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PWS(1) Manual Page


pws - password store management




The pws tool allows you to store passwords (or anything else, really) in a set of encrypted files. Each file can be encrypted to a different set of users. pws helps you with the bookkeeping of which keys to encrypt each file to and provides a convinient wrapper to edit protected files.

In the intended use the directory with the encrypted passwords would be under SCM control and shared with other people who need access.


First you need a file where your users and group are defined in. This file is named .users. Lines consist of assignments of the form <username> = <keyfingerprint> and @<groupname> = <username>|@<groupname> [, <username>|@<groupname> …​]

Lines starting with a # are comments and thus get ignored.

% cat .users
# This file needs to be gpg signed by a key whose fingerprint
# is listed in ~/.pws-trusted-users

formorer   = 6E3966C1E1D15DB973D05B491E45F8CA9DE23B16
weasel     = 25FC1614B8F87B52FF2F99B962AF4031C82E0039
@admins    = formorer, weasel

zobel    = 6B1856428E41EC893D5DBDBB53B1AC6DB11B627B
maxx     = 30DC1D281D7932F55E673ABB28EEB35A3E8DCCC0
@vienna = zobel, maxx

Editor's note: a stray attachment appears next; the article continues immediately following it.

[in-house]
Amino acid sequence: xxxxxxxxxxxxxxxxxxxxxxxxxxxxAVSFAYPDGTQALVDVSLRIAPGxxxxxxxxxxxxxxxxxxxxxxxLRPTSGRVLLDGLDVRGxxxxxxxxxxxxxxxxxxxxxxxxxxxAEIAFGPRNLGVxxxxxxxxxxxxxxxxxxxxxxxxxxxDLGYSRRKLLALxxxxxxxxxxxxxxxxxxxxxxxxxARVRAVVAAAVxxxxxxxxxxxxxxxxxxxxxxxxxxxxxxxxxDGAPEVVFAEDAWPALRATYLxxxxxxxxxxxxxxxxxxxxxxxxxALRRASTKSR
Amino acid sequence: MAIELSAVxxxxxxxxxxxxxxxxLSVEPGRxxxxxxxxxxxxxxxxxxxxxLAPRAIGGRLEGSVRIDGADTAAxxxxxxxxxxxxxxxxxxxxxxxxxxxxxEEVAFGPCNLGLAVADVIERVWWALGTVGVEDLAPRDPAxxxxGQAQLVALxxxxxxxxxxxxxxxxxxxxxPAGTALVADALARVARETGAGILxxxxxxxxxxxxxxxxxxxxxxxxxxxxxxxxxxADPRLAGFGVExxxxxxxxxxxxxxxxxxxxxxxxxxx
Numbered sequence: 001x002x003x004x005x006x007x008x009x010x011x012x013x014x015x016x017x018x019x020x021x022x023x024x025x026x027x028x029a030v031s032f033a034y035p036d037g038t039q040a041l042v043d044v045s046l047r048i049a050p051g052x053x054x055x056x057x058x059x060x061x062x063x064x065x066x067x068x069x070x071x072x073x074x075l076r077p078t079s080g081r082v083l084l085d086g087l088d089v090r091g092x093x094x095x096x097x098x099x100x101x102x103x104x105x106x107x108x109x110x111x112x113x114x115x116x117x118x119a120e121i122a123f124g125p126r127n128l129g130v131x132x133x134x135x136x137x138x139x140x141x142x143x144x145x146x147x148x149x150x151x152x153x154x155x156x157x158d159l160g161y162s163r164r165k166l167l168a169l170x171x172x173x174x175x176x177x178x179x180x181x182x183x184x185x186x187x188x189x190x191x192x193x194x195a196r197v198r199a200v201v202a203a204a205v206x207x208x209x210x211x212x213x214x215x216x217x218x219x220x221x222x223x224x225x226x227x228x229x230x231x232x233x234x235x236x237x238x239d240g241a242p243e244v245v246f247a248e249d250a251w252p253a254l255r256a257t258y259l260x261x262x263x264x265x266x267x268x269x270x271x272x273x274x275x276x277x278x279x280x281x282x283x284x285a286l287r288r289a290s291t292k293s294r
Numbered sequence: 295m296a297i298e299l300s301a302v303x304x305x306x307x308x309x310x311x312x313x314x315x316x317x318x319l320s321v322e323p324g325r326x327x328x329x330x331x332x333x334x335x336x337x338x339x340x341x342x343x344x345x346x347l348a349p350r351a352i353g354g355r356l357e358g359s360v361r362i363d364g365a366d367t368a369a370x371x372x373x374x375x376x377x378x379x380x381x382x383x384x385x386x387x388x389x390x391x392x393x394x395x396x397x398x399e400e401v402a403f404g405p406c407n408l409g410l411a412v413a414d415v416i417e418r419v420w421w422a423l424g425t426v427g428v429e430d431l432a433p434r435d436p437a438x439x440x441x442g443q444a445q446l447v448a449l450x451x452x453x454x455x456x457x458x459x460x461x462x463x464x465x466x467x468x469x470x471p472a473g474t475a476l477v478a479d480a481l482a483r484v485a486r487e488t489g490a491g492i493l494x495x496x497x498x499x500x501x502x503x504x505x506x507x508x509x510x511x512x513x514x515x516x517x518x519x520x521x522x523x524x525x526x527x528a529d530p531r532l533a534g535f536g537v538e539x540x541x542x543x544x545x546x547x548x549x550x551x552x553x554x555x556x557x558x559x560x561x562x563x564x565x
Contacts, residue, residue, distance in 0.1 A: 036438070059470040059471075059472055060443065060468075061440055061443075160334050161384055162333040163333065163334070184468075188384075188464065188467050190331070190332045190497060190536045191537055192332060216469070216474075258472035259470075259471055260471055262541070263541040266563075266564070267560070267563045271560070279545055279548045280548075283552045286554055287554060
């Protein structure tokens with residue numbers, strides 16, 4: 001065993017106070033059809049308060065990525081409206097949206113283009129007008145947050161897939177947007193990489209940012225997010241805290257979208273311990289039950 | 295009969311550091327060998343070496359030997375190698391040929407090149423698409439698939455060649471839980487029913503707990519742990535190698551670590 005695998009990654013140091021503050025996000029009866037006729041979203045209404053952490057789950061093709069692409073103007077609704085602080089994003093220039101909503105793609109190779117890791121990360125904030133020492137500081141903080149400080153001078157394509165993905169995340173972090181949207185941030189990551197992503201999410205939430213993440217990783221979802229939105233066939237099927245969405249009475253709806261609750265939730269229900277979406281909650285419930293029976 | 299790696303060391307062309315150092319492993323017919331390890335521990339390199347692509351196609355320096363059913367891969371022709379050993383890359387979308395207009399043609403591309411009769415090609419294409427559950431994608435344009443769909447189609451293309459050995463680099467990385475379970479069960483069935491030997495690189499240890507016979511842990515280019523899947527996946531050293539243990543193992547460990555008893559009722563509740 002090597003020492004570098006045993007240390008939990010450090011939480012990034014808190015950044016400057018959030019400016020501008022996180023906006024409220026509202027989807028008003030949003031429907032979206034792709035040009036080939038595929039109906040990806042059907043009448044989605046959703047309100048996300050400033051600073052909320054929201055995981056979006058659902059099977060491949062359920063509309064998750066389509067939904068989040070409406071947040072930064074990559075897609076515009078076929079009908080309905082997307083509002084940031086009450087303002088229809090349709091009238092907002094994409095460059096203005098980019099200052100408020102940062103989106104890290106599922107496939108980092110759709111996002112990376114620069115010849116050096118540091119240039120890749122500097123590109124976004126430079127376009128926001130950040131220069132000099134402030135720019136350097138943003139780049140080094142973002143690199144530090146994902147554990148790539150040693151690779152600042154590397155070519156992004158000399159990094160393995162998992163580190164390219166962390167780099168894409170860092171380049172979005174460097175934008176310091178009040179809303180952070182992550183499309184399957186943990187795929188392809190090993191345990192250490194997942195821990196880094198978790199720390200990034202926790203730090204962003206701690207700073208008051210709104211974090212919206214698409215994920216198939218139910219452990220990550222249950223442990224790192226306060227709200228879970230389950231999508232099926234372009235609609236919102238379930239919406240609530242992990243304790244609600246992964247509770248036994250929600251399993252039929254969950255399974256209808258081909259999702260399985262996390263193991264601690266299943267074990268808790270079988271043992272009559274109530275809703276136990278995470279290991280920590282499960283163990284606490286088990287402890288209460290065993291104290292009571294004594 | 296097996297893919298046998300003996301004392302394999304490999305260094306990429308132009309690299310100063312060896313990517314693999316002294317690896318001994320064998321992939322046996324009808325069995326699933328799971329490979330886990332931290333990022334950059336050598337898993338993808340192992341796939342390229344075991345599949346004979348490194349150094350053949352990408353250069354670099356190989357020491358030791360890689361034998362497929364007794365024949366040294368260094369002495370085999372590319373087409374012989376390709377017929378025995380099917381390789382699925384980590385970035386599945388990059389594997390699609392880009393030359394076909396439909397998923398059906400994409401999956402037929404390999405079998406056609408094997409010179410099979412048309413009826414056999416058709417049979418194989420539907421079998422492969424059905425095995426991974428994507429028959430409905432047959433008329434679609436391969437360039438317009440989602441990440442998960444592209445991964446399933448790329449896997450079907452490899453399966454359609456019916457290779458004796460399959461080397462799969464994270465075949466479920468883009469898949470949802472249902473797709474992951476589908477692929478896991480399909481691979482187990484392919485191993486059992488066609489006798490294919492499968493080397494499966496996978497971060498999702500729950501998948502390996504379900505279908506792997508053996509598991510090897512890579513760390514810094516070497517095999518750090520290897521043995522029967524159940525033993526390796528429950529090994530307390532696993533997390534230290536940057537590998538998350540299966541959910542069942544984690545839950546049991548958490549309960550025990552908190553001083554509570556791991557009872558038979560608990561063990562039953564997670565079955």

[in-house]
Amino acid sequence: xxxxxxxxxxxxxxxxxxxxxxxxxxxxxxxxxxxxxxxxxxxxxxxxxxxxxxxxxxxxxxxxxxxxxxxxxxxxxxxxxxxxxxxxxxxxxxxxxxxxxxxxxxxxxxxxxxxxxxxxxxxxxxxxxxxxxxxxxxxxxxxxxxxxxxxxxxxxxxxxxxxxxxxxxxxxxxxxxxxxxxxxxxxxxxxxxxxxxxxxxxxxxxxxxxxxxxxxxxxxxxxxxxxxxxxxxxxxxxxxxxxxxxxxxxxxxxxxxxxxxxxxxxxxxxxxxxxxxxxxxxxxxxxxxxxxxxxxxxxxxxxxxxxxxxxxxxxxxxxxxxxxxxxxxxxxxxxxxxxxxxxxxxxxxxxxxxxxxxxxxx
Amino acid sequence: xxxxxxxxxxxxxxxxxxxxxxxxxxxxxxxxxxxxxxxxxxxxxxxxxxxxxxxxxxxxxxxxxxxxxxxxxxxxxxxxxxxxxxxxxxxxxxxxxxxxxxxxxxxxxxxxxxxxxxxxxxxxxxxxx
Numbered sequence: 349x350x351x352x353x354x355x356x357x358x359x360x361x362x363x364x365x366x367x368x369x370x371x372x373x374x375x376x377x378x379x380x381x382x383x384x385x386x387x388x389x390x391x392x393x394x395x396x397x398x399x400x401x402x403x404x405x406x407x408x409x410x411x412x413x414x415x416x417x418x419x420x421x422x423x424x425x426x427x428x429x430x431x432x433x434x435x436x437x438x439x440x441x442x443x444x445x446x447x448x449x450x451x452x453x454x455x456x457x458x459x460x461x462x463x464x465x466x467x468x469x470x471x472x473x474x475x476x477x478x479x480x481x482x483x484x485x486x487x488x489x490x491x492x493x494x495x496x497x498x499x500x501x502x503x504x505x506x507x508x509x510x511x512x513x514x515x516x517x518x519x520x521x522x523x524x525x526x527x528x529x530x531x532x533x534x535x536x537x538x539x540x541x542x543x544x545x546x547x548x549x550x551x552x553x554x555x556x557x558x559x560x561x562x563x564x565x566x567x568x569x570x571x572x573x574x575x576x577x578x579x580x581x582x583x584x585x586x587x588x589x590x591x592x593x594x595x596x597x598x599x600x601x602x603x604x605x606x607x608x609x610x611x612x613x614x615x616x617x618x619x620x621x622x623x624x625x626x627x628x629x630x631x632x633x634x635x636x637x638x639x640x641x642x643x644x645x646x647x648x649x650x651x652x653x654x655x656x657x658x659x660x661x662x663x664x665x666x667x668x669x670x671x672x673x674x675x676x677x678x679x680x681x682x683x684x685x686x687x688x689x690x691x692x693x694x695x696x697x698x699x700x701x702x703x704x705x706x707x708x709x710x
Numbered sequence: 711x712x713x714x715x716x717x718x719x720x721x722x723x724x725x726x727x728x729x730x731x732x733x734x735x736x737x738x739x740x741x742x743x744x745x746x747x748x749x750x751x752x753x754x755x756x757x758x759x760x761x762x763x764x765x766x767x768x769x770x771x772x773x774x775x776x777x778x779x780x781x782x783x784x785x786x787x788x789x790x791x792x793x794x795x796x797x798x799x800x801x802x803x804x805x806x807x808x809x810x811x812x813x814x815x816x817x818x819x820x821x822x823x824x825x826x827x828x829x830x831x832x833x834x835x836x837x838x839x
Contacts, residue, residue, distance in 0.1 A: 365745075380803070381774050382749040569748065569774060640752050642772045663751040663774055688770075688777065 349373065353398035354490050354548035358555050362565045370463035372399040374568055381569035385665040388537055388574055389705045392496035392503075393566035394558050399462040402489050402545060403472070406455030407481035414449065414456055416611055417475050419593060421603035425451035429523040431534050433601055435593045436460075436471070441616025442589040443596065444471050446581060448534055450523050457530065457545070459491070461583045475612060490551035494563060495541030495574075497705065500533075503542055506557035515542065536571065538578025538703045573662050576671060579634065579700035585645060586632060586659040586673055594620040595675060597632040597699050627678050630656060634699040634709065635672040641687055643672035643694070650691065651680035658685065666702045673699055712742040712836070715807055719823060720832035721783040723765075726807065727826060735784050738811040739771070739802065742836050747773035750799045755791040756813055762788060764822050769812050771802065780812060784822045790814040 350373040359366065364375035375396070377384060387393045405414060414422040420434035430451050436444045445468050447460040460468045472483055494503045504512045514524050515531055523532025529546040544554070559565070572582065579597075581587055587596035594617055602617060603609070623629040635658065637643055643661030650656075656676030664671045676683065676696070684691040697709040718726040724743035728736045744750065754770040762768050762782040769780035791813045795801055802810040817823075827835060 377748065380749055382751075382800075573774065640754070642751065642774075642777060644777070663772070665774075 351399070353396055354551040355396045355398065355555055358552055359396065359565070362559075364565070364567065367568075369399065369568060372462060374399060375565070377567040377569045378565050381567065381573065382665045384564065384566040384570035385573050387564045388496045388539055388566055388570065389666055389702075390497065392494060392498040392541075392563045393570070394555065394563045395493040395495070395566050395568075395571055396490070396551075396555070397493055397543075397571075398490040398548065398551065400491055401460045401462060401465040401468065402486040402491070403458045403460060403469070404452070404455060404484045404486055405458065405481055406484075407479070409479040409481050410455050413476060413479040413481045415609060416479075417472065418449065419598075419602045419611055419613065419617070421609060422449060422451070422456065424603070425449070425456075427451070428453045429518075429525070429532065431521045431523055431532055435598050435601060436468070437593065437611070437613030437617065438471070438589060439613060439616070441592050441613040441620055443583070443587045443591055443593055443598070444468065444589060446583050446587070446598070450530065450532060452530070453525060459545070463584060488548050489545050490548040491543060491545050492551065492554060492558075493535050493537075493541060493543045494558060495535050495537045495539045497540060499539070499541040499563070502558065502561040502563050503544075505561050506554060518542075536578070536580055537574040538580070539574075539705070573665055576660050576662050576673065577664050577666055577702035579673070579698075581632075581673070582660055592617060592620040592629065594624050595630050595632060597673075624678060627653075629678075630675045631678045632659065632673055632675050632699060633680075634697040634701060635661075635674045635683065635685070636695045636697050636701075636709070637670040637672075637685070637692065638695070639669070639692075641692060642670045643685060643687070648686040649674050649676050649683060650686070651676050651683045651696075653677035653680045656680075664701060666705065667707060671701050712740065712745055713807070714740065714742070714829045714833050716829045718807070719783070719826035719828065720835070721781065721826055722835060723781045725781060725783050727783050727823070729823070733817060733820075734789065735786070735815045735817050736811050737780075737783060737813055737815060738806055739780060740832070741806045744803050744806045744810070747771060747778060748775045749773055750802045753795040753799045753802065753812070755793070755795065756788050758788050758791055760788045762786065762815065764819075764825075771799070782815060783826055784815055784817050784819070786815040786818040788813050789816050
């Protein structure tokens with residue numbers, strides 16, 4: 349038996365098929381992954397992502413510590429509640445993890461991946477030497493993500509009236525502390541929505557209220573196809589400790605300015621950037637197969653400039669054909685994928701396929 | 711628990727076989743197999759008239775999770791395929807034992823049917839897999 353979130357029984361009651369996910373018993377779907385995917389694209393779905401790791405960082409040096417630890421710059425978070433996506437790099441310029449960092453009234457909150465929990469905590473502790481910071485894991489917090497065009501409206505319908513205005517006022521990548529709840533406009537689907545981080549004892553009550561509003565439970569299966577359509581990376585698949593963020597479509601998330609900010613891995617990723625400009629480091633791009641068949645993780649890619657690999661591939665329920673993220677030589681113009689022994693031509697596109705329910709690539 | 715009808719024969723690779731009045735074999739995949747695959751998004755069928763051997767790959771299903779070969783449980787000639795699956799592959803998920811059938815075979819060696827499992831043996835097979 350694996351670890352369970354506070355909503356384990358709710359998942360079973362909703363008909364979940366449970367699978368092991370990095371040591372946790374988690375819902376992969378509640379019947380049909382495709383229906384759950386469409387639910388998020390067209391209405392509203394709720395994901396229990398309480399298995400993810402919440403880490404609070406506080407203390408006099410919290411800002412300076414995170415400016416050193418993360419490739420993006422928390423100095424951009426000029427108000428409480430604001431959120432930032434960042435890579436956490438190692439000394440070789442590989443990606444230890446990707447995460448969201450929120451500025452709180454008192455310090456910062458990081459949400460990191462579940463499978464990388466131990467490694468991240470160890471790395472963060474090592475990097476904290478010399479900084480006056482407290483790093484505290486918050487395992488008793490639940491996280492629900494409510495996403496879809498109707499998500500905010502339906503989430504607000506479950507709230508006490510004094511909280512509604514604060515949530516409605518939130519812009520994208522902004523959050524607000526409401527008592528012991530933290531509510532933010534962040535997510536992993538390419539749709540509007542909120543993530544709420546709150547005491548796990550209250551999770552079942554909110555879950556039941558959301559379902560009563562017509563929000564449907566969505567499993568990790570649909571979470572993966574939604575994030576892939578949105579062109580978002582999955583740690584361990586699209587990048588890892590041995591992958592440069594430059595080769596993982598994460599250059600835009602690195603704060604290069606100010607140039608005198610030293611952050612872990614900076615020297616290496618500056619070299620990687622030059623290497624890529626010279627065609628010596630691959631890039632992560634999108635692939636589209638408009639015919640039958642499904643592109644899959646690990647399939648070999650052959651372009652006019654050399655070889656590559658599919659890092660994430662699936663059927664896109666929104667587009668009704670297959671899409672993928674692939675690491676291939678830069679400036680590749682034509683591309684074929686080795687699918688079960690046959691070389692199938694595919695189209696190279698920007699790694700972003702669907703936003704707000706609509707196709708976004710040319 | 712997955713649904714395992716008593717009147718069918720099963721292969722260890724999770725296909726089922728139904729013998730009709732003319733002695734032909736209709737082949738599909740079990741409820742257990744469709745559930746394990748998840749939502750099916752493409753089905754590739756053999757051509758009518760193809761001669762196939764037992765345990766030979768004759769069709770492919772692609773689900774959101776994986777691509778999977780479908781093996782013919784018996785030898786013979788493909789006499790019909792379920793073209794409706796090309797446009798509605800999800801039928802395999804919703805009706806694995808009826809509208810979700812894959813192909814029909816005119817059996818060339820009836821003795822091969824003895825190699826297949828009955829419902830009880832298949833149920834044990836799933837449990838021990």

@all = @admins, @vienna

# gpg --clearsign .users && mv .users.asc .users

The .users file is designed to live in a SCM repository, such as git, alongside all the other encrypted files. In order to prevent unauthorized tampering with the .users file - for tricking somebody to re-encrypt data to the wrong key - the .users file needs to be PGP-clearsigned with a key from a whitelist.

This whitelist lives in ~/.pws-trusted-users, and simply takes one key fingerprint per line:

% cat ~/.pws-trusted-users

Currently this whitelist is the same for any pws repositories a user might have. A patch to remove this limitation would be nice.

listing files

This gives a listing of secure and other files.
% pws ls

adding a new file
% pws ed -n file

editing files

Every file needs a header like:

access: @admins, maxx

You can edit the encrypted file with the pws tool: pws ed file.

reencrypting a file

If your .users has changed, and new users should get access to existing files, you can use the reencrypt command.

% pws rc file

showing keys from a file

If you store YAML files in PWS, you can request a single key at a time:

% pws get users.yaml.asc /gannet/root/password

updating the keyring

If available as .keyring pws instructs GnuPG to use this keyring in addition to the user’s default keyrings. This allows sharing of the keyring in the repository. Use pws update-keyring to update/initialize this keyring.


Peter Palfrader <>

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